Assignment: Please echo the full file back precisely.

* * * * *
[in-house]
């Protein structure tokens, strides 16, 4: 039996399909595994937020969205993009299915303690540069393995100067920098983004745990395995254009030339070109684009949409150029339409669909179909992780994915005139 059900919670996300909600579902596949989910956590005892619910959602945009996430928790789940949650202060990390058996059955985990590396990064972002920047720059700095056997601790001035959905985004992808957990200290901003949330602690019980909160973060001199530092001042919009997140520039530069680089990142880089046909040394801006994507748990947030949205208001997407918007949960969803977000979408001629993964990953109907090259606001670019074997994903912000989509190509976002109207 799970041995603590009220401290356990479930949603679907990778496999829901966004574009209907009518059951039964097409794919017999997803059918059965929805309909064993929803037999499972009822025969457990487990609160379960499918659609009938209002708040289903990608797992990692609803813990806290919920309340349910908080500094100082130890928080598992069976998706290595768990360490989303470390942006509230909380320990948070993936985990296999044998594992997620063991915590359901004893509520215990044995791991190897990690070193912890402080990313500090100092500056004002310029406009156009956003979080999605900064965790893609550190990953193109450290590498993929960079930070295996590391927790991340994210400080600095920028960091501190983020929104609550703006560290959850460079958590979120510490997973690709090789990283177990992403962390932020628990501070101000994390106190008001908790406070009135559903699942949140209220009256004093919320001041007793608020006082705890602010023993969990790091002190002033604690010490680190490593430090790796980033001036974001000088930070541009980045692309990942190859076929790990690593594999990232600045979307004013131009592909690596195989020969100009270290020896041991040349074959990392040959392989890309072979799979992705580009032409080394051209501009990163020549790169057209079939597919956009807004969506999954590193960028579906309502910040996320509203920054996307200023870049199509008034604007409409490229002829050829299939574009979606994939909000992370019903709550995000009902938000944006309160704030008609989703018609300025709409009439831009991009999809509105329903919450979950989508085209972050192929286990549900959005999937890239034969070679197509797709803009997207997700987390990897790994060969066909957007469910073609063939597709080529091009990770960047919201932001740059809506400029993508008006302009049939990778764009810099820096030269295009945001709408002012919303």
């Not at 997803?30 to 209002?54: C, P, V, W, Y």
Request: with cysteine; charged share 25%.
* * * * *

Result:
[in-house]
């Protein structure tokens, strides 16, 4: 039996399909595994937020969205993009299915303690540069393995100067920098983004745990395995254009030339070109684009949409150029339409669909179909992780994915005139 059900919670996300909600579902596949989910956590005892619910959602945009996430928790789940949650202060990390058996059955985990590396990064972002920047720059700095056997601790001035959905985004992808957990200290901003949330602690019980909160973060001199530092001042919009997140520039530069680089990142880089046909040394801006994507748990947030949205208001997407918007949960969803977000979408001629993964990953109907090259606001670019074997994903912000989509190509976002109207 799970041995603590009220401290356990479930949603679907990778496999829901966004574009209907009518059951039964097409794919017999997803059918059965929805309909064993929803037999499972009822025969457990487990609160379960499918659609009938209002708040289903990608797992990692609803813990806290919920309340349910908080500094100082130890928080598992069976998706290595768990360490989303470390942006509230909380320990948070993936985990296999044998594992997620063991915590359901004893509520215990044995791991190897990690070193912890402080990313500090100092500056004002310029406009156009956003979080999605900064965790893609550190990953193109450290590498993929960079930070295996590391927790991340994210400080600095920028960091501190983020929104609550703006560290959850460079958590979120510490997973690709090789990283177990992403962390932020628990501070101000994390106190008001908790406070009135559903699942949140209220009256004093919320001041007793608020006082705890602010023993969990790091002190002033604690010490680190490593430090790796980033001036974001000088930070541009980045692309990942190859076929790990690593594999990232600045979307004013131009592909690596195989020969100009270290020896041991040349074959990392040959392989890309072979799979992705580009032409080394051209501009990163020549790169057209079939597919956009807004969506999954590193960028579906309502910040996320509203920054996307200023870049199509008034604007409409490229002829050829299939574009979606994939909000992370019903709550995000009902938000944006309160704030008609989703018609300025709409009439831009991009999809509105329903919450979950989508085209972050192929286990549900959005999937890239034969070679197509797709803009997207997700987390990897790994060969066909957007469910073609063939597709080529091009990770960047919201932001740059809506400029993508008006302009049939990778764009810099820096030269295009945001709408002012919303």
């Not at 997803?30 to 209002?54: C, P, V, W, Y």
Request: with cysteine; charged share 25%.